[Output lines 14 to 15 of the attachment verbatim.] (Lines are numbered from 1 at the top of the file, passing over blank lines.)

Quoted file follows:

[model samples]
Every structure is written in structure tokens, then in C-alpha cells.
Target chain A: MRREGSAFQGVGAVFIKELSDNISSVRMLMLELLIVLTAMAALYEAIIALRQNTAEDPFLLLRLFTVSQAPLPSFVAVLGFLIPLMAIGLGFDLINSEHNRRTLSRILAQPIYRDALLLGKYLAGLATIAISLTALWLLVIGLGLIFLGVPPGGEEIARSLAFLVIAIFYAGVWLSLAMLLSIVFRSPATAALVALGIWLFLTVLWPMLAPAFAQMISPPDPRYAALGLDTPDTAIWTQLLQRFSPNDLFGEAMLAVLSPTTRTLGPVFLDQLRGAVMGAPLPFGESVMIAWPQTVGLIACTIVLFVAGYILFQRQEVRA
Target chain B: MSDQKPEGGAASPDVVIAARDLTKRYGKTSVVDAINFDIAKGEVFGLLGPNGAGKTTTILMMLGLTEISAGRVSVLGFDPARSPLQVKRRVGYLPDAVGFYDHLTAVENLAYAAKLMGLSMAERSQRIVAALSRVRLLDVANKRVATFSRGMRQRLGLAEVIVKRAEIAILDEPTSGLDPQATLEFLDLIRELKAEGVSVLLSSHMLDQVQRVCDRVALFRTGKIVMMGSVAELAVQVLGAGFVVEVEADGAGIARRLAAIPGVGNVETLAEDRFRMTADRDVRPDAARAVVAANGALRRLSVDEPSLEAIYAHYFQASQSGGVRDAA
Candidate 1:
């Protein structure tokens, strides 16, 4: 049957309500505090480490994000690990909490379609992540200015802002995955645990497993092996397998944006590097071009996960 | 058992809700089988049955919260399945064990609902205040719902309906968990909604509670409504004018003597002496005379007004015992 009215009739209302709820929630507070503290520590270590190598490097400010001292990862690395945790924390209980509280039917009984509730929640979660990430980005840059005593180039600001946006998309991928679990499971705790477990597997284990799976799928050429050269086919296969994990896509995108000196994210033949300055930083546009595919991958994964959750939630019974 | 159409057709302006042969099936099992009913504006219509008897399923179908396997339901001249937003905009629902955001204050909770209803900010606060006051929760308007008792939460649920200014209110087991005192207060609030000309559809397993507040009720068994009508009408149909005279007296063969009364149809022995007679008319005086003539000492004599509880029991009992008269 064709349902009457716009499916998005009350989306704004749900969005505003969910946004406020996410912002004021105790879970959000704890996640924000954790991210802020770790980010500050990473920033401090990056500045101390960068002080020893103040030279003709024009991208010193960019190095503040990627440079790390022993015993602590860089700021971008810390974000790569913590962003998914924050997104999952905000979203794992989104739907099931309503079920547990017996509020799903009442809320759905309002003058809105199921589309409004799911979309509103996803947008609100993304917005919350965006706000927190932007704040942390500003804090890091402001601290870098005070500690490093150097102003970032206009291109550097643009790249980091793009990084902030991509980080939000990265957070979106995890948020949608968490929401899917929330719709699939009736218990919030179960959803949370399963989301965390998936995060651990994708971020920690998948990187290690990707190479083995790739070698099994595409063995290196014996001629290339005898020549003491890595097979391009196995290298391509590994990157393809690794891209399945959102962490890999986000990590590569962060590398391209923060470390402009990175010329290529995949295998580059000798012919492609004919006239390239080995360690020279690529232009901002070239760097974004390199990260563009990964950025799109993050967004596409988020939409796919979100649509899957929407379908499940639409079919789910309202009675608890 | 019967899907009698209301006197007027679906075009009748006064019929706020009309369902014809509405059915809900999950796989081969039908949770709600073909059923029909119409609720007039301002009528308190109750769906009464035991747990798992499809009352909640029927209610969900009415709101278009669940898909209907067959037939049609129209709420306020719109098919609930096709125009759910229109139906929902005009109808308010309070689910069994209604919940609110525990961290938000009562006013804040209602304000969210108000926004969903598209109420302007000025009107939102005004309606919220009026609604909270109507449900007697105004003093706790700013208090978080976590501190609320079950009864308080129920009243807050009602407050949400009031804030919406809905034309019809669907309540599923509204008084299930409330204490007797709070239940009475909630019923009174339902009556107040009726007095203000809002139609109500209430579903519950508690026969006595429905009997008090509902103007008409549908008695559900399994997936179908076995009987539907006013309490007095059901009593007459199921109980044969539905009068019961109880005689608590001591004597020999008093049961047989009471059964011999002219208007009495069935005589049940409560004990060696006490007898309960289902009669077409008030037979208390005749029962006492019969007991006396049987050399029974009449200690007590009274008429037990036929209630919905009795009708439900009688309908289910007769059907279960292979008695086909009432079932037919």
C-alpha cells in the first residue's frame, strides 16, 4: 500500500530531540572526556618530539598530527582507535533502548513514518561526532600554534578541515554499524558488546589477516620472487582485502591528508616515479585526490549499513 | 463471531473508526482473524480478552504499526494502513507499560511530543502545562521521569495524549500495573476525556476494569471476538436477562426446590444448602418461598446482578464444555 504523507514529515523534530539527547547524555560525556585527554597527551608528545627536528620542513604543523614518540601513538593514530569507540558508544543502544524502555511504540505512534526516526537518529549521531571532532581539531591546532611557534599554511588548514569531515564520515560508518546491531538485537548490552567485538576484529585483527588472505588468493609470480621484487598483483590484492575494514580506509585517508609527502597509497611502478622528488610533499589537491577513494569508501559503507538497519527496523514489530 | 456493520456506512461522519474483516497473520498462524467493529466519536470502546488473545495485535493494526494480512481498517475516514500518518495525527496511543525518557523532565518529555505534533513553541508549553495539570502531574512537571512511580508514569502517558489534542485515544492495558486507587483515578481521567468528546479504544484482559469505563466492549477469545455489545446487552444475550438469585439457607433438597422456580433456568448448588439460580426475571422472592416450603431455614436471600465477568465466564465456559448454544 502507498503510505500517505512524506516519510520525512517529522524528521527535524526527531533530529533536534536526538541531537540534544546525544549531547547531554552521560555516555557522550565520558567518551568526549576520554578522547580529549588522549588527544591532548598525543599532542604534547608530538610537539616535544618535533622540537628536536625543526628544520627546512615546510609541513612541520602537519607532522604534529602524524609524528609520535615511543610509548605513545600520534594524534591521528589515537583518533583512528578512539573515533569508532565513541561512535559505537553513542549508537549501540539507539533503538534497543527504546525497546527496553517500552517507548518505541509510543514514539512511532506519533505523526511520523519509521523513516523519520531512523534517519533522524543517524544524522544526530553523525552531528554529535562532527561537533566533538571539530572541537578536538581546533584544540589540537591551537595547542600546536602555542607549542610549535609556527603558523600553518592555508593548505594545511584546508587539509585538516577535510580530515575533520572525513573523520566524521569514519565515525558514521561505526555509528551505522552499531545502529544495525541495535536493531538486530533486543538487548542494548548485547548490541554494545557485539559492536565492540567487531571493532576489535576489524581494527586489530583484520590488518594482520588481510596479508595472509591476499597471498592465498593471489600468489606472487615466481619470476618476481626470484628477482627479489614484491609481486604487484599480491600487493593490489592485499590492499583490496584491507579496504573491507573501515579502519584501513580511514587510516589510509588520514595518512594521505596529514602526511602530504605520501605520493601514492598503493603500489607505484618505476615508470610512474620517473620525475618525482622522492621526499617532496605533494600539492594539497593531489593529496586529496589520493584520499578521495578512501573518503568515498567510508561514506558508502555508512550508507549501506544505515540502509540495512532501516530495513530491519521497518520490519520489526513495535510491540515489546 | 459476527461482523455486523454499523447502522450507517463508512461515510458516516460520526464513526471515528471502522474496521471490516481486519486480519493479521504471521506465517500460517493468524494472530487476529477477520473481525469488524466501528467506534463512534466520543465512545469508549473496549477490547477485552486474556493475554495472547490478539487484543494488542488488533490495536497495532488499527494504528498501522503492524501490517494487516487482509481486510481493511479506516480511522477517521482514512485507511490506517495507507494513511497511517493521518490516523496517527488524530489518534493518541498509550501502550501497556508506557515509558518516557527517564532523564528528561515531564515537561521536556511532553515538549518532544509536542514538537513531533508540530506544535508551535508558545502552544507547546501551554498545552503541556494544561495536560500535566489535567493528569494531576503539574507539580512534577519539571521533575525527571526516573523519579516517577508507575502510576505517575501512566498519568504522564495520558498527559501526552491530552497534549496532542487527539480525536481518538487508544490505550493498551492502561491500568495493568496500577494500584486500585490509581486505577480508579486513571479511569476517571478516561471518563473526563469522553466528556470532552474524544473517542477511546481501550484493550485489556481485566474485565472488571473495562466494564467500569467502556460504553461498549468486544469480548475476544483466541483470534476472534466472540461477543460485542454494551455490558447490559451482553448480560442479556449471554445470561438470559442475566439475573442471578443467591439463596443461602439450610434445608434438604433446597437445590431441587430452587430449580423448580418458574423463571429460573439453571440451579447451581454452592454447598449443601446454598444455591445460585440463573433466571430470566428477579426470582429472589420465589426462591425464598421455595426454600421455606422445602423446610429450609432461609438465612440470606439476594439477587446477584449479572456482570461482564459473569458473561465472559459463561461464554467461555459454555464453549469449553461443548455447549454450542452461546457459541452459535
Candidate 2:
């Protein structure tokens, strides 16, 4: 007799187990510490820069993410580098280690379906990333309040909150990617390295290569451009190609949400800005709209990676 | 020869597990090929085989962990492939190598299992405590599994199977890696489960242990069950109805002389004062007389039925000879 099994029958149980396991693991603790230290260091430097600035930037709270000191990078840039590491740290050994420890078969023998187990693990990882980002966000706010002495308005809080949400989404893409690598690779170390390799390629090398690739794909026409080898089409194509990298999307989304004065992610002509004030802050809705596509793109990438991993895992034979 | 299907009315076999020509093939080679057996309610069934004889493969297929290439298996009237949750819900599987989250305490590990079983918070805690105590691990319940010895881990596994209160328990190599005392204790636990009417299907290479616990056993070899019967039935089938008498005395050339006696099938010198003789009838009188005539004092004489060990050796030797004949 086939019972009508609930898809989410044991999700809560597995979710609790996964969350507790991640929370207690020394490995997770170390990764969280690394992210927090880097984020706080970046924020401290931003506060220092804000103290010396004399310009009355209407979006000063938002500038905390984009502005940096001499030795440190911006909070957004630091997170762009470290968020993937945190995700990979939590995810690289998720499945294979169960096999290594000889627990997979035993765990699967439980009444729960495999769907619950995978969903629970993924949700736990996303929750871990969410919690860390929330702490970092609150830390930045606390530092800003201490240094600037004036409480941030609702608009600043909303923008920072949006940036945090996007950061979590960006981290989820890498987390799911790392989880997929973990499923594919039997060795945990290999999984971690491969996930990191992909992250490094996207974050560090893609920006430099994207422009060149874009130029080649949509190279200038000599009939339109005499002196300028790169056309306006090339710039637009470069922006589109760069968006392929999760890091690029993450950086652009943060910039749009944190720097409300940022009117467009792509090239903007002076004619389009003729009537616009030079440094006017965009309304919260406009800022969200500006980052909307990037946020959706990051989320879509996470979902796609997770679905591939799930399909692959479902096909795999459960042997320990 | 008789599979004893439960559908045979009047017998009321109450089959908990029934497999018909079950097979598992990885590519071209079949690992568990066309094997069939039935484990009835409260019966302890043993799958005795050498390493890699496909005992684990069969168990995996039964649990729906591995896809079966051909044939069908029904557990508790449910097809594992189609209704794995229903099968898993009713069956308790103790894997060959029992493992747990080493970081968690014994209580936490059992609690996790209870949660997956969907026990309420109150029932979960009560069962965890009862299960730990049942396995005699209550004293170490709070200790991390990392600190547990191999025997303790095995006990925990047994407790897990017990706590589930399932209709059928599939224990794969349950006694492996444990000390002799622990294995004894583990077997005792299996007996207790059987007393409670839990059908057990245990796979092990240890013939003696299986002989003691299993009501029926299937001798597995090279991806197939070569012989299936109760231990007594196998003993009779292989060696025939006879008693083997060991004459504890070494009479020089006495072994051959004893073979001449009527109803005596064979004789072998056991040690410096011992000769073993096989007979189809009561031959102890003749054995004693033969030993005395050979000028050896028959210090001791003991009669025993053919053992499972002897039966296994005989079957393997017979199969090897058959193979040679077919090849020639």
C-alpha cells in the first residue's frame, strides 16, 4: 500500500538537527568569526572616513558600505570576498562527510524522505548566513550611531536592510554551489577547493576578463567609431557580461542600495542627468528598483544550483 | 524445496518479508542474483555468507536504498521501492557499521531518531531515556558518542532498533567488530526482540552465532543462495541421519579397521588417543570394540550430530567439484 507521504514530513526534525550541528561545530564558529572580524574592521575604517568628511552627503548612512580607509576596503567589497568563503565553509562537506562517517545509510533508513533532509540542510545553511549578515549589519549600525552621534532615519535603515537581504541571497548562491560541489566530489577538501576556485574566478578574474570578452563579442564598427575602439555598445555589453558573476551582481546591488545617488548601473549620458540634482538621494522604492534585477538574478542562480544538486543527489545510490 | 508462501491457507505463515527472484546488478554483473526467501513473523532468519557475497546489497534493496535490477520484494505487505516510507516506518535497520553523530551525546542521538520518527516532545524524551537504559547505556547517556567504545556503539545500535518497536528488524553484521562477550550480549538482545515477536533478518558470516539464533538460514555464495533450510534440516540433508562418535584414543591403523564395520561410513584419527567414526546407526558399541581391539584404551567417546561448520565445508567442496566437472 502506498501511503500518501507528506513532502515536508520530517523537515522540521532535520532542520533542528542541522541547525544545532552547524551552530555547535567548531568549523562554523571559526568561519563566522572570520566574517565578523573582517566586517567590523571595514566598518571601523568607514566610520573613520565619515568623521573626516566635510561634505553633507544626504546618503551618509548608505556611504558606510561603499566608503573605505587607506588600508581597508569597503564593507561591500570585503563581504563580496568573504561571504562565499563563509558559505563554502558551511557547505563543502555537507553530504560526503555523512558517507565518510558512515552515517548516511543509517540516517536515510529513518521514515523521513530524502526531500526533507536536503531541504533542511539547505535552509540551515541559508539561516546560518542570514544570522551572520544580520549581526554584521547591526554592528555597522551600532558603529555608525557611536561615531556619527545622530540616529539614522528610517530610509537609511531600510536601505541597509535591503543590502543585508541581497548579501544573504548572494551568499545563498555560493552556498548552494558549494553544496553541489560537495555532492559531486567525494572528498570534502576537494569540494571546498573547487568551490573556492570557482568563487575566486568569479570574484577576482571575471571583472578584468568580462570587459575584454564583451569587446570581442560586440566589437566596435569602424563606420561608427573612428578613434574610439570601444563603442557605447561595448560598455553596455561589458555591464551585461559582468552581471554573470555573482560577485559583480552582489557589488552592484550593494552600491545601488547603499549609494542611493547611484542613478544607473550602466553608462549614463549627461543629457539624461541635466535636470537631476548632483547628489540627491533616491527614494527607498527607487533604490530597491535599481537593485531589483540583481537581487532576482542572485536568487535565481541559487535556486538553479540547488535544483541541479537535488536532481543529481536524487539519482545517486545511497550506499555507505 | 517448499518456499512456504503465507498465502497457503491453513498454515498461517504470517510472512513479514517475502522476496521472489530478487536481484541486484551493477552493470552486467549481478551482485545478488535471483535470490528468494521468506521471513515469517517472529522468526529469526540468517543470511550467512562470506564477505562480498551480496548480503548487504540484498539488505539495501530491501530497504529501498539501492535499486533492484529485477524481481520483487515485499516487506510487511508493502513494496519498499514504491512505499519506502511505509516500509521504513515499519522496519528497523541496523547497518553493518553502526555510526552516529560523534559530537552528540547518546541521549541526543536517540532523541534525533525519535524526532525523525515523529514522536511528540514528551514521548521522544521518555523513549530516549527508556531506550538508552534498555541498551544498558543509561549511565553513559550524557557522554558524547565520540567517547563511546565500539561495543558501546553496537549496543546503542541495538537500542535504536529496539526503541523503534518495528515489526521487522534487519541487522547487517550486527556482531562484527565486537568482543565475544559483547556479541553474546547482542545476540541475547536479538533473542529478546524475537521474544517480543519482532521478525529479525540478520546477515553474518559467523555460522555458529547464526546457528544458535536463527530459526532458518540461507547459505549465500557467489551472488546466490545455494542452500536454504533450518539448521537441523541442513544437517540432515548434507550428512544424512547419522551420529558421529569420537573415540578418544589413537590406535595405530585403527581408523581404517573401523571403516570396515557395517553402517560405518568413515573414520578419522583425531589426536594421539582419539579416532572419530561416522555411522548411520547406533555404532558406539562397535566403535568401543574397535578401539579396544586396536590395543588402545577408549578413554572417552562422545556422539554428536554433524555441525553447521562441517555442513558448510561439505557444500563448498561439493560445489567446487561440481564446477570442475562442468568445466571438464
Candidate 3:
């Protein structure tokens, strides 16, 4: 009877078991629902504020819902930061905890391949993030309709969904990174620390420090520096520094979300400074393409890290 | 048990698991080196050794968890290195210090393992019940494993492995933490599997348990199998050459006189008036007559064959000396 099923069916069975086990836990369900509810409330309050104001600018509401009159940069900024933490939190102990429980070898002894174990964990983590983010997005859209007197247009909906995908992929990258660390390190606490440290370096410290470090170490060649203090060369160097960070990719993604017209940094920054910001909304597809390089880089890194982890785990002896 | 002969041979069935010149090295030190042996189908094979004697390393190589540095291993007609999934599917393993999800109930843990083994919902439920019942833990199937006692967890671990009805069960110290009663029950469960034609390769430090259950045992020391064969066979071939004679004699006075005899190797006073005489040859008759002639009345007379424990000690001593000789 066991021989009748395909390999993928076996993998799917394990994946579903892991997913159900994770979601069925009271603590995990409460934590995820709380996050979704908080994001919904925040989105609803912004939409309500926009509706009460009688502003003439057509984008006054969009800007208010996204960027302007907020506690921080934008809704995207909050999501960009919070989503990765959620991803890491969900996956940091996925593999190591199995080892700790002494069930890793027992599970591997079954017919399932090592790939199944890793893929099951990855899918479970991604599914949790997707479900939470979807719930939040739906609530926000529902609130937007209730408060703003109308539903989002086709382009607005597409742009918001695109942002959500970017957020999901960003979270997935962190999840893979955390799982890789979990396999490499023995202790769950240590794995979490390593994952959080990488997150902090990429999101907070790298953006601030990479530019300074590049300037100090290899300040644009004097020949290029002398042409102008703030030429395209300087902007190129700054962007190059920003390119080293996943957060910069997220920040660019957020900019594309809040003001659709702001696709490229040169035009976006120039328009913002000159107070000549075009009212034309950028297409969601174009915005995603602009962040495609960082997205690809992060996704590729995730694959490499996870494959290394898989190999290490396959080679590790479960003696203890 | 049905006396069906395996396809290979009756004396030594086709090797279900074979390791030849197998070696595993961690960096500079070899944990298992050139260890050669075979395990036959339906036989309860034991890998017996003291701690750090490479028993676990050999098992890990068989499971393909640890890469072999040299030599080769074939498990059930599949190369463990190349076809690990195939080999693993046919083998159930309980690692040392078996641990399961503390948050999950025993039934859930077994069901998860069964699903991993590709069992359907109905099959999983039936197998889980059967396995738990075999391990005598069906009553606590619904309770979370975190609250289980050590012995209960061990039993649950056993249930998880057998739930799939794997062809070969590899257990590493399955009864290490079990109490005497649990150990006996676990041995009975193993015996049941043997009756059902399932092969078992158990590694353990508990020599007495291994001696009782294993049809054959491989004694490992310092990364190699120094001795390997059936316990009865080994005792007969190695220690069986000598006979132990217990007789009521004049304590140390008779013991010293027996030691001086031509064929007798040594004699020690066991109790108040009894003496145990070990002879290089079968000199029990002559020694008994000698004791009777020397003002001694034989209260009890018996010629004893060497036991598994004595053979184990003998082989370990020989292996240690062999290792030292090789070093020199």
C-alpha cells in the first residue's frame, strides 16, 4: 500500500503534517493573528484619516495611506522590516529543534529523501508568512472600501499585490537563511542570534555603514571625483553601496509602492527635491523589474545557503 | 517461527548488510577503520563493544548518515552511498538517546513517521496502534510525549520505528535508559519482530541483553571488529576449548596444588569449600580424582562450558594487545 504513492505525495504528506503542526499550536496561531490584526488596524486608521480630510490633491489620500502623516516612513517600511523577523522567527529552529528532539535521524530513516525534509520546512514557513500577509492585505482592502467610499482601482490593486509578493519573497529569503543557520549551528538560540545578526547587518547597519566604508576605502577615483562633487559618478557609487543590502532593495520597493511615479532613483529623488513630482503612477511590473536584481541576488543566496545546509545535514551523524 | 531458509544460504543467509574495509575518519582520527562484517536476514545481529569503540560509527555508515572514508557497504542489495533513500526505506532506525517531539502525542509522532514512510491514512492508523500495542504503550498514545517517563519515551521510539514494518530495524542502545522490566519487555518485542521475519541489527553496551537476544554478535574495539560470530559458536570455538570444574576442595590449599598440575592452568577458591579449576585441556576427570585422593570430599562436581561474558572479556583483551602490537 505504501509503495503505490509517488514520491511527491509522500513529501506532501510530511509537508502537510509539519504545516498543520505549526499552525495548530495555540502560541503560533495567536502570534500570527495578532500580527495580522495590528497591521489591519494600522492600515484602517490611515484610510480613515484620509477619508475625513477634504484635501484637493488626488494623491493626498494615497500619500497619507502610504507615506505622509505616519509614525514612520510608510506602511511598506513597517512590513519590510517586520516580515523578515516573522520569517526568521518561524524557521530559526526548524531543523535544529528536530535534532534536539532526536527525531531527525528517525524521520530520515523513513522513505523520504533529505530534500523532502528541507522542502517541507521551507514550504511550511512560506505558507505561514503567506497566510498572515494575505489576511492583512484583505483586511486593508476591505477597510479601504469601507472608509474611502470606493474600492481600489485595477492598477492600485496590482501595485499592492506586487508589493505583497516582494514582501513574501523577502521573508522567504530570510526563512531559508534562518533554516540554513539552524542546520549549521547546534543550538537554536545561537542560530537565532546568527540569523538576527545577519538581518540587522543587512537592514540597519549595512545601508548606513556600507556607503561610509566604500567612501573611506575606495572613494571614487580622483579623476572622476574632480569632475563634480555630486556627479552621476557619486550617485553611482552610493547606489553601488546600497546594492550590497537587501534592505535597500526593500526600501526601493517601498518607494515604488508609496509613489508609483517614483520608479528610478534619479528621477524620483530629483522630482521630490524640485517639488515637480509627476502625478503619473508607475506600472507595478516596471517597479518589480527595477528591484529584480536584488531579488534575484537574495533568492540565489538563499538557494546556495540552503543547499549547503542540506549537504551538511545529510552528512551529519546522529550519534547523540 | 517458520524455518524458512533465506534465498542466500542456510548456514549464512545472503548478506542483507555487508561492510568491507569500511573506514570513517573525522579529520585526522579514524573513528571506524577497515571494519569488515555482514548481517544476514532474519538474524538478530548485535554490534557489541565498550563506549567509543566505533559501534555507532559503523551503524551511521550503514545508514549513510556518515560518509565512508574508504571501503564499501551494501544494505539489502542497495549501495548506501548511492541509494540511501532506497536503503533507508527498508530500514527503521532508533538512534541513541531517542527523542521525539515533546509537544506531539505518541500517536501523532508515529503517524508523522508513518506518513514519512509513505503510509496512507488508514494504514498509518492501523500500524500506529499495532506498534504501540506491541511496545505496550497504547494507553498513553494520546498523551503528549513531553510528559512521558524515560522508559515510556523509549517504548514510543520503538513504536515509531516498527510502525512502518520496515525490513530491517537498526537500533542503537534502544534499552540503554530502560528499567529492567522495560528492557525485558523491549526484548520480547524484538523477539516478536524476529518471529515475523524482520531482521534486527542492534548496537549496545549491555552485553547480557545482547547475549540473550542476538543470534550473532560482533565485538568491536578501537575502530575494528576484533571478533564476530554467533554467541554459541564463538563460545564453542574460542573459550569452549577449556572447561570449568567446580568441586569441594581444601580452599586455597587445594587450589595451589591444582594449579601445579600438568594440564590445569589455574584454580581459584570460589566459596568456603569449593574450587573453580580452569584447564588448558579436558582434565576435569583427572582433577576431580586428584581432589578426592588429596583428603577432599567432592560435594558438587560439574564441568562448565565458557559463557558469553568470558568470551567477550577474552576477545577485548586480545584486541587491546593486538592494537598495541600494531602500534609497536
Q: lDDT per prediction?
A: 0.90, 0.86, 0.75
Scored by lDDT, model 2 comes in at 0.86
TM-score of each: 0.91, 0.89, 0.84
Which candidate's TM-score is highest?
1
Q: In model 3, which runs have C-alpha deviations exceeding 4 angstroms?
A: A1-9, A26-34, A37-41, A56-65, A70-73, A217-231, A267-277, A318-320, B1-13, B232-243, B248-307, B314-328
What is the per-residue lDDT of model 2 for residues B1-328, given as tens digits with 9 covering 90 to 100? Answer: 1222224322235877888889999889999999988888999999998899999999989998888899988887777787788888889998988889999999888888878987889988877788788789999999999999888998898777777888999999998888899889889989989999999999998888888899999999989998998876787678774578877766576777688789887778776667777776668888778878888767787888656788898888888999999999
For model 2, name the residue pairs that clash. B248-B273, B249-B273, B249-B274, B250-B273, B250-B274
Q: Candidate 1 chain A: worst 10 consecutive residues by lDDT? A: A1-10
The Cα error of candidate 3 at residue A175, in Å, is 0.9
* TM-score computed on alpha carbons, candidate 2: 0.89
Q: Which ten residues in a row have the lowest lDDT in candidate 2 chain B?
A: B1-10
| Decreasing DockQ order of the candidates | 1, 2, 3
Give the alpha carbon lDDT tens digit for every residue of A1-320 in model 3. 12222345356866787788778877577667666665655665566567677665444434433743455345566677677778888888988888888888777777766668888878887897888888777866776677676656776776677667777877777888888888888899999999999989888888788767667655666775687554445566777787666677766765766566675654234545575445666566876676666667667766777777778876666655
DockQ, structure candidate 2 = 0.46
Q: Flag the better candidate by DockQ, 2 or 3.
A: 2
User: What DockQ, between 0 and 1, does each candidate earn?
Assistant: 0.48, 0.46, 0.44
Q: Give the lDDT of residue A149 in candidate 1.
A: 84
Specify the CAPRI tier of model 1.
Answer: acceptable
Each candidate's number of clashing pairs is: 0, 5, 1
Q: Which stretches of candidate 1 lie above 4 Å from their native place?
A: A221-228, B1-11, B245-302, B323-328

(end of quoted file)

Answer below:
Q: lDDT per prediction?
A: 0.90, 0.86, 0.75